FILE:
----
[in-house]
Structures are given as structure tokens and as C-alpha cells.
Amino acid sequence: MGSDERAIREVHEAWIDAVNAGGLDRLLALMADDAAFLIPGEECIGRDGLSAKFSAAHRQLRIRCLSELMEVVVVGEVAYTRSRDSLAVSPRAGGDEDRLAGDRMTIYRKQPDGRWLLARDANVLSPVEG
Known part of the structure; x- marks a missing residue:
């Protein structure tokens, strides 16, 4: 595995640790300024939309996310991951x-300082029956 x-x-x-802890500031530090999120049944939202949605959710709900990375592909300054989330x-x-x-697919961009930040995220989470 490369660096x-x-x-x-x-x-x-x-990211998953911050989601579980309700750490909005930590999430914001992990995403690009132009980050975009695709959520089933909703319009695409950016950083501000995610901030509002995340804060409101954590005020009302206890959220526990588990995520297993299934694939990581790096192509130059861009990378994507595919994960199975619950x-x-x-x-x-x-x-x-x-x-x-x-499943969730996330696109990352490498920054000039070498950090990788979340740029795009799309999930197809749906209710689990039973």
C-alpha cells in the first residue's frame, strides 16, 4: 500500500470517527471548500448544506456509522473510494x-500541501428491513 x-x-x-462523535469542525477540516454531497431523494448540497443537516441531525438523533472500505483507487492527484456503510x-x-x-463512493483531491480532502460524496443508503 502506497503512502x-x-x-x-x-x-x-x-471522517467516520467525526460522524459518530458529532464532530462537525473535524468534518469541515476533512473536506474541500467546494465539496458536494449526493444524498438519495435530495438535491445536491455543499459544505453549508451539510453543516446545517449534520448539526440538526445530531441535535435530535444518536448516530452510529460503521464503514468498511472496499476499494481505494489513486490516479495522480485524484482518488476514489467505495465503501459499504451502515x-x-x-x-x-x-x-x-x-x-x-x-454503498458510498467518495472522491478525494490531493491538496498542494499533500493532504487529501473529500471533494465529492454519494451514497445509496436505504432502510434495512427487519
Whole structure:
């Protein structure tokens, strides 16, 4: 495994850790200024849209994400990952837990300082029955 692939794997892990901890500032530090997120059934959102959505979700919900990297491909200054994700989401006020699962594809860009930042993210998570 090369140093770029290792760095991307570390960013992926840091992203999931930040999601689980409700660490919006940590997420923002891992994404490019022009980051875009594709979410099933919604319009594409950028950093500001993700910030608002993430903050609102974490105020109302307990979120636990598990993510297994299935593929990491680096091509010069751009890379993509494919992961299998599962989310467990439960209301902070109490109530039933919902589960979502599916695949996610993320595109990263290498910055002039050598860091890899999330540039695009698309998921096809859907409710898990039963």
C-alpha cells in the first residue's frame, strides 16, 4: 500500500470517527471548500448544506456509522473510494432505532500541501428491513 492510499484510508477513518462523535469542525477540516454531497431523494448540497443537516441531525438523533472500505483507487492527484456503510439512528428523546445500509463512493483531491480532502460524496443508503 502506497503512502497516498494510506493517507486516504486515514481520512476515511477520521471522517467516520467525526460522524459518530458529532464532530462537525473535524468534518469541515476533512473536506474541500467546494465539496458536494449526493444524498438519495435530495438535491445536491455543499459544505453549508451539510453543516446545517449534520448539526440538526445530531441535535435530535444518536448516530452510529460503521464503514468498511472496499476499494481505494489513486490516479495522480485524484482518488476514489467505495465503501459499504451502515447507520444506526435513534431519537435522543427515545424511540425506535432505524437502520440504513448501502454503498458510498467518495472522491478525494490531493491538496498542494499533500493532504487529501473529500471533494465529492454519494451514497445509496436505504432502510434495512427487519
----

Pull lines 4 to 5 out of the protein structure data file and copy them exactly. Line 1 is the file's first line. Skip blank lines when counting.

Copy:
Known part of the structure; x- marks a missing residue:
């Protein structure tokens, strides 16, 4: 595995640790300024939309996310991951x-300082029956 x-x-x-802890500031530090999120049944939202949605959710709900990375592909300054989330x-x-x-697919961009930040995220989470 490369660096x-x-x-x-x-x-x-x-990211998953911050989601579980309700750490909005930590999430914001992990995403690009132009980050975009695709959520089933909703319009695409950016950083501000995610901030509002995340804060409101954590005020009302206890959220526990588990995520297993299934694939990581790096192509130059861009990378994507595919994960199975619950x-x-x-x-x-x-x-x-x-x-x-x-499943969730996330696109990352490498920054000039070498950090990788979340740029795009799309999930197809749906209710689990039973």